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Case Study

A Pair of Pediatric Wart Cases
Janet Levatin.
` Caust / Ant-c / Sep / Calc.

The first case is that of UM, the younger sister of two. Miss UM, was brought to see me at five and a half years of age, for warts on her hands (3), as well as the complaint that she had excess of energy and was "fidgety and wound-up" (2) a lot of time. She had at least 15 warts on the back of her hands, with about half of them being located near her nails. She also had one wart on her right knee laterally. The warts were not painful but they tended to get in her way and they were unsightly.

UM also had a skin condition in the inguinal region, consisting of small spots which would periodically erode, open up and then spread to adjacent areas (2). The condition which had defied diagnosis by the conventional pediatrician, was not painful or physically bothersome. Various creams had failed to clear it up. Generally she was quite a healthy child, with a past history of five or six episodes of ear infections, which had been treated with antibiotics. Vaccinations were upto date, and had reportedly been without any side effects.

UMs appetite was described as picky. She liked yams, beef stew, pizza, fruit, soft eggs and raw onions (all 1). She was averse to seafood, smoked meats and excessively sweet things (all 1). Her digestion was good, with an occasional tendency to gas and loose stools. Her sleep was good though she was described as an active sleeper who thrashed around a lot in her sleep. She preferred going to bed late and sleeping in the morning. There had been bad dreams of monsters in the past, but not at the time I saw her.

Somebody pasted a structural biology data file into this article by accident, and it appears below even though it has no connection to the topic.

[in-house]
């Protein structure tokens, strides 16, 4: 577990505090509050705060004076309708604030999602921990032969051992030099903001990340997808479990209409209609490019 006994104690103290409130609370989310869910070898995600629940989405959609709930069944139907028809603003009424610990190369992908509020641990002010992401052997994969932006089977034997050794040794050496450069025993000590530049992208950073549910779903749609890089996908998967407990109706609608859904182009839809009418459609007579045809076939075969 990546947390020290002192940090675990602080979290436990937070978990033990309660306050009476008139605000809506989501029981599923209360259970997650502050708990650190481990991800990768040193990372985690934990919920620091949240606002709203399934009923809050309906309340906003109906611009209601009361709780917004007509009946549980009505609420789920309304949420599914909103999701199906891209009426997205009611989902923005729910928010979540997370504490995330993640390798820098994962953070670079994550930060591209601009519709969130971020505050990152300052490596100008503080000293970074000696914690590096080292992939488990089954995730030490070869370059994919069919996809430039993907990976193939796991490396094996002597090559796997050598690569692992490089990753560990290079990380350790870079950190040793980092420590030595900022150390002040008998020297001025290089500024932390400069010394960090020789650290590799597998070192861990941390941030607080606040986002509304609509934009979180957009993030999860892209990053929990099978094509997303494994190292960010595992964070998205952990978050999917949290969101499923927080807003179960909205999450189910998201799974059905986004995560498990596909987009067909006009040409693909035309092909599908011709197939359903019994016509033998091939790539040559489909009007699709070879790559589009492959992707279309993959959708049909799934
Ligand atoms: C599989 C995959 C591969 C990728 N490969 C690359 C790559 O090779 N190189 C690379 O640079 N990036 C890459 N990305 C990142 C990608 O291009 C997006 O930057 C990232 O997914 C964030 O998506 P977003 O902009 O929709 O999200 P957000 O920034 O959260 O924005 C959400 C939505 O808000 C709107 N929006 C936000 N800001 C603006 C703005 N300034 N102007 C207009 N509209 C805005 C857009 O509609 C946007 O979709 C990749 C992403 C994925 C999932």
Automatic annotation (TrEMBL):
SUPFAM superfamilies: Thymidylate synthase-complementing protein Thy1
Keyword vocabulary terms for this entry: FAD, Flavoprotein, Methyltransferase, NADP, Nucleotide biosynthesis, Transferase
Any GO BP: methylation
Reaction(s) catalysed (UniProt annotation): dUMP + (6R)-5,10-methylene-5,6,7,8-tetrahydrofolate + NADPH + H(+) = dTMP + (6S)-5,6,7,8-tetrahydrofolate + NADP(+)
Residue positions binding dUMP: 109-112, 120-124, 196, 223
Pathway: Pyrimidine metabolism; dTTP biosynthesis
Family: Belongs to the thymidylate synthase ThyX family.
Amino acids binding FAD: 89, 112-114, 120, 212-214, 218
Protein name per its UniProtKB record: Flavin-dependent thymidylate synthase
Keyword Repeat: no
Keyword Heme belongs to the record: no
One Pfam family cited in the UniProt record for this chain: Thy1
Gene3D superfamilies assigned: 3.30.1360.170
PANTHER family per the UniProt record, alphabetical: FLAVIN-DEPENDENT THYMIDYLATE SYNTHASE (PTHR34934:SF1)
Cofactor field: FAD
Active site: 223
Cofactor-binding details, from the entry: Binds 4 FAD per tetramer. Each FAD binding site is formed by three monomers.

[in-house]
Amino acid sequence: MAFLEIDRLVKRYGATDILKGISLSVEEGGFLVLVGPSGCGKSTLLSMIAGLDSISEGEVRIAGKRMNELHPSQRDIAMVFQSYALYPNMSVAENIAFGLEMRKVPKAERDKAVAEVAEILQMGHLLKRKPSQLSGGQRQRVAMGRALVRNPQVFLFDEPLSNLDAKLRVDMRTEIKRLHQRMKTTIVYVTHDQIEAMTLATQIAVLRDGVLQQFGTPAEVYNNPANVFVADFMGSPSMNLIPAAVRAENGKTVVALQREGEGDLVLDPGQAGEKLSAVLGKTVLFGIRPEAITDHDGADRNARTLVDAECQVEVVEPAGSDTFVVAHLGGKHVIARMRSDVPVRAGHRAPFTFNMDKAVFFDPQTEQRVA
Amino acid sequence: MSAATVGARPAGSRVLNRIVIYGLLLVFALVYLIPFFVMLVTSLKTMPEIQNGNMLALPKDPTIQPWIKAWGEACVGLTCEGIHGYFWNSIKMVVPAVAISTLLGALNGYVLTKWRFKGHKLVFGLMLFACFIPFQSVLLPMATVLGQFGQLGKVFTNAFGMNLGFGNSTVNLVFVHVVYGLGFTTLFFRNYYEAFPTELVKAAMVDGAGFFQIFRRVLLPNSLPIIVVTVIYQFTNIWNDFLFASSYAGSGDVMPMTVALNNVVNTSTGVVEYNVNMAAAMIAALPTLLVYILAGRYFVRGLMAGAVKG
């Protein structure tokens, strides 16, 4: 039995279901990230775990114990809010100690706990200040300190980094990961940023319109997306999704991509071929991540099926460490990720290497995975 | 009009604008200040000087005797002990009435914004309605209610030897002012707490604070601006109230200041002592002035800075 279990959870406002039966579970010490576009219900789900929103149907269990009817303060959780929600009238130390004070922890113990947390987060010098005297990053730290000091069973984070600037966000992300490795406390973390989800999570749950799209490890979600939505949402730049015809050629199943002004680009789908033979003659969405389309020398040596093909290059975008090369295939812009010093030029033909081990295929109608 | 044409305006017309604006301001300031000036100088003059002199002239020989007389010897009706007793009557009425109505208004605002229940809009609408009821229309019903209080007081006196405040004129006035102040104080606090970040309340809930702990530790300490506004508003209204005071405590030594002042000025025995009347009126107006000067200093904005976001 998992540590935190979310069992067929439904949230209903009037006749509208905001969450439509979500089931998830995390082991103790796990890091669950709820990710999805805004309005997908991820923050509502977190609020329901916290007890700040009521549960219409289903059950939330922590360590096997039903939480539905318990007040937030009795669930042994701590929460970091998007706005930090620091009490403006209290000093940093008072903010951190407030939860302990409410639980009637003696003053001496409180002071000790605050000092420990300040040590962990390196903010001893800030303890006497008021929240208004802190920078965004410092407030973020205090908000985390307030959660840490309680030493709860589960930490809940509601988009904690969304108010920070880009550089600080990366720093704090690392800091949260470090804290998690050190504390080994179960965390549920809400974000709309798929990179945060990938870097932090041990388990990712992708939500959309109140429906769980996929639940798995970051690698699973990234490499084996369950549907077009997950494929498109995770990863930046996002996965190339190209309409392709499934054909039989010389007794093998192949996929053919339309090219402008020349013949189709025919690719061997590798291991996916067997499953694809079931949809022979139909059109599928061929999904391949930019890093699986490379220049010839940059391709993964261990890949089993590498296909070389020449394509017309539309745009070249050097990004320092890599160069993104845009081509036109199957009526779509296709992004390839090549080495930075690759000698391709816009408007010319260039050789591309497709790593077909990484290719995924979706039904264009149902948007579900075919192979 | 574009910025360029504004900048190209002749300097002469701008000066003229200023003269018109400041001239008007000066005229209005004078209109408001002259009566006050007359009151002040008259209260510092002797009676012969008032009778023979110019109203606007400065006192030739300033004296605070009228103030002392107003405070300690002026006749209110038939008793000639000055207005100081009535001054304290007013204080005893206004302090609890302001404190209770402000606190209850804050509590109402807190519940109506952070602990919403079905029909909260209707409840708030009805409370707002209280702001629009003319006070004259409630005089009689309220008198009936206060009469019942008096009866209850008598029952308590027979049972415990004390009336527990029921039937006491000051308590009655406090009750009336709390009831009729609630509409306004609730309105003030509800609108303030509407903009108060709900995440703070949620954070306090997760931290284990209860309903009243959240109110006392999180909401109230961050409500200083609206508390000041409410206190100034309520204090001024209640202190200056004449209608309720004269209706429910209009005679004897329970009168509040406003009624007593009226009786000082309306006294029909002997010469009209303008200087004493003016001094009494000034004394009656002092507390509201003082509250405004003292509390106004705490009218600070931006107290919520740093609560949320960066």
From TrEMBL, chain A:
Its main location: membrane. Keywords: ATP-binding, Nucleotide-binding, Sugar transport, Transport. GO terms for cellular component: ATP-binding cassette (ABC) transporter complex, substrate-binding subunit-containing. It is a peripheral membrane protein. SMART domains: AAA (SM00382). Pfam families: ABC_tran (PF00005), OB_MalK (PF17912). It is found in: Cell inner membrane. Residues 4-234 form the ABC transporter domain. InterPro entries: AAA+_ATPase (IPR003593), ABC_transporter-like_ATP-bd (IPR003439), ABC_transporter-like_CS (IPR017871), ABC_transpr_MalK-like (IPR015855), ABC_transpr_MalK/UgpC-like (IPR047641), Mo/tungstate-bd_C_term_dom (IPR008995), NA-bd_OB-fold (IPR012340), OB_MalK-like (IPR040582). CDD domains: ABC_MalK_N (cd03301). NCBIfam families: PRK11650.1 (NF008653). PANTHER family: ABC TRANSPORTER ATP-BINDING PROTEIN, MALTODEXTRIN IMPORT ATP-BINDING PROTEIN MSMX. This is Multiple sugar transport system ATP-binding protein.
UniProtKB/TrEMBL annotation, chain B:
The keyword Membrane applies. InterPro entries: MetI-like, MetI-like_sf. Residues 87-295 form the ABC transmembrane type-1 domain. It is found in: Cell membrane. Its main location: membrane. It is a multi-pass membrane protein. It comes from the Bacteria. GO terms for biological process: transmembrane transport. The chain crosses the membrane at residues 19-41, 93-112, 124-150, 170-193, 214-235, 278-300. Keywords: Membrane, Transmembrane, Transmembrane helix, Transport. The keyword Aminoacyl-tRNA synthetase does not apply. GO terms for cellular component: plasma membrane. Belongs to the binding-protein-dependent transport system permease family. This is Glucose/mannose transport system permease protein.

UM was described by her mother as a child who was passionate about her likes and dislikes. She was charismatic and popular, being well loved by other children. She was a leader among her friends and could be bossy with them (2).

She had a tempestuous nature and could get angry easily, stamp and yell if others disagreed with her (2). She was physically daring, loving to climb and play actively. She was also described as sensitive and very affectionate but with a tendency to be jealous. She was very creative and artistic. There had been fear of monsters in the past but no current fears.

I prescribed Causticum 200C largely because the location of the warts and my success in treating similar warts with Causticum in the past. However after six weeks the warts had failed to improve.

In reviewing UMs case, I noted the food craving and aversions did not fit withCausticum. There was an aversion to smoked meat which Causticum usually craves. I noted more closely the desire for raw onions. UMs mother also further described her as a somewhat secretive child who had difficulty revealing her inner feelings and thoughts. Putting these facts together with the rash in the inguinal region (which is close to the genitals) I decided to prescribe Thuja 200c, another major remedy for warts of the hands and fingers. Within six weeks all the warts were gone without a trace.

Over a year later UM returned with a planter wart on her left foot. Her mother tried treating it with Thuja and Compound W without success. The bumps in the inguinal region were still present. UM was having constant stomachaches. She was gassy and crampy, had alternating diarrhoea and constipation and diarrhoea from cheese. Her appetite was "not great" with craving for beef stew, yarns, salty, apples spicy (all 1) and pickles (2). She was quite warm in general and disliked wearing too many clothes as they made her feel too hot. She had been cranky for several months.